They say that when the Sandinista revolutionaries stormed the palace of Nicaraguan dictator Anastasio Somoza, they only found his uniform flung over a sofa. It was too symbolic to be true, but it apparently happened. This image of hollowness and illusory power has ever since persisted in Latin American literature, most vividly in Gabriel García Márquez’s masterpiece Autumn of the Patriarch, in which vultures are seen hovering over the corpse of the dictator so that the city finally “awoke out of its lethargy of centuries with the warm, soft breeze of a great man dead and rotting grandeur.”
June 30 – a calculated adventure
Unlike January 2011 when a revolution seemed like an uncalculated adventure, June 2013 made it seem like toppling the regime was only a matter of time.Sonia Farid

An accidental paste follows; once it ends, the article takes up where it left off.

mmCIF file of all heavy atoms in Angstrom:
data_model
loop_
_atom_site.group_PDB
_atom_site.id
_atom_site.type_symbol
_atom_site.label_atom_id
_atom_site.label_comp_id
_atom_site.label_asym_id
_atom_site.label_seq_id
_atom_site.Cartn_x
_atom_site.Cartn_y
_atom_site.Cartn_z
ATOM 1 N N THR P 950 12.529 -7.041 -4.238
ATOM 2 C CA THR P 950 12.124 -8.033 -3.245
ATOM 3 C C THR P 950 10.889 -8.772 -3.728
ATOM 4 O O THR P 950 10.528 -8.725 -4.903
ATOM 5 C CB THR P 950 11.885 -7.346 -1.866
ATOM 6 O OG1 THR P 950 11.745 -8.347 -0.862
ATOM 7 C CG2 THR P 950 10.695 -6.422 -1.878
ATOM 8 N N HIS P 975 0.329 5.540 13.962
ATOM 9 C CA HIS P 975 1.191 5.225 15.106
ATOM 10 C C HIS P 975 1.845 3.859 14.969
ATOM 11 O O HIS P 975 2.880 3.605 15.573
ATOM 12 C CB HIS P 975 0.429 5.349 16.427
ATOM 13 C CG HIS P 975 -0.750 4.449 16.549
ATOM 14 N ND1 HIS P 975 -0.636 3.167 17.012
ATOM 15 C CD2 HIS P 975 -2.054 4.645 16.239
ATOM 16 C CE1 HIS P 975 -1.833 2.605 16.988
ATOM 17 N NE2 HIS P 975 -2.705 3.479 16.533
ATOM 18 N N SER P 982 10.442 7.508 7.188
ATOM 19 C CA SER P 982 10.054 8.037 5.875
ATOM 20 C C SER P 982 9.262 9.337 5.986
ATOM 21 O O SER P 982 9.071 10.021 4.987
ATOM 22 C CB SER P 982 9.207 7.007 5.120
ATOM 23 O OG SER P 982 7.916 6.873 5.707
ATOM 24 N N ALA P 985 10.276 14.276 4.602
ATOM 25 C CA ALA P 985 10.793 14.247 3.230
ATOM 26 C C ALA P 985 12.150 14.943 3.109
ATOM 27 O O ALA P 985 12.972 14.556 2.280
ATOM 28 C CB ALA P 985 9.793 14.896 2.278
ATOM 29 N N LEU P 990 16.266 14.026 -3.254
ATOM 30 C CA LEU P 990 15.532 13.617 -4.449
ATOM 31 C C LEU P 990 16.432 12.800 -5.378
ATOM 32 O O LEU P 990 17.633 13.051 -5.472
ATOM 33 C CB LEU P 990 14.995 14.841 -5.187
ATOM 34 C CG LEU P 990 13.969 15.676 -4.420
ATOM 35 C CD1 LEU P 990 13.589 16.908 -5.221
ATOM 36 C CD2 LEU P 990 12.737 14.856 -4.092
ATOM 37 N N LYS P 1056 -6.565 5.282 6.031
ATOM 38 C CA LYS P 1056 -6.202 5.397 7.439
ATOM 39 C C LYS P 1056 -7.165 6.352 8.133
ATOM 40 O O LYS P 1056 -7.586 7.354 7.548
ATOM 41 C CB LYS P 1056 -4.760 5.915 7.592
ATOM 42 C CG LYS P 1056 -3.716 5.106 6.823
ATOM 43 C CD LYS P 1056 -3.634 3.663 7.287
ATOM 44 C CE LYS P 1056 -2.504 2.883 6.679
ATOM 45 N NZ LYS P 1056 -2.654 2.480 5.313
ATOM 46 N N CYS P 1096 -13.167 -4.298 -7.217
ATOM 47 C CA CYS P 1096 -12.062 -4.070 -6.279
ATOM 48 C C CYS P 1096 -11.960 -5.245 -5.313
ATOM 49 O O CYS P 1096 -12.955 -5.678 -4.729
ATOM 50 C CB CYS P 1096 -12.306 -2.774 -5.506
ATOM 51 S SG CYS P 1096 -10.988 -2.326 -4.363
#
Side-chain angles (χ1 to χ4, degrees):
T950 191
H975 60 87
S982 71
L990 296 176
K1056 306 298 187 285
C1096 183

Taking a look at the people who took to the streets that day makes the equation much easier. Apart from the regular revolutionaries who since January 25, 2011 have taken it upon themselves to see Egypt turn into a real democracy and have vowed not to rest until they see this happening, almost every other segment of the Egyptian society, minus of course the Muslim Brotherhood and their Islamist allies, was out calling for the president to step down. This included those who were against the revolution from day one and believed that Mubarak was the only one fit to rule and would not have minded had he bequeathed power to his son, those who supported the revolution but linked its success to the intervention of the army and, therefore, did not mind replacing an autocracy with a military rule, those belonging to the so-called “couch party” and who followed the revolution from their living rooms and were against protesting in principle whether out of fear or passivity and regardless of how far they agreed or disagreed with the cause any given protest promoted, those labeled “lemon squeezers” and who strategically voted for the president in order to prevent his rival from winning and assuming he might not be that bad after all, and last but not least those who neither hated nor loved Mubarak or the revolution or the Muslim Brotherhood, but have simply been deprived of the most basic of their needs under the current regime.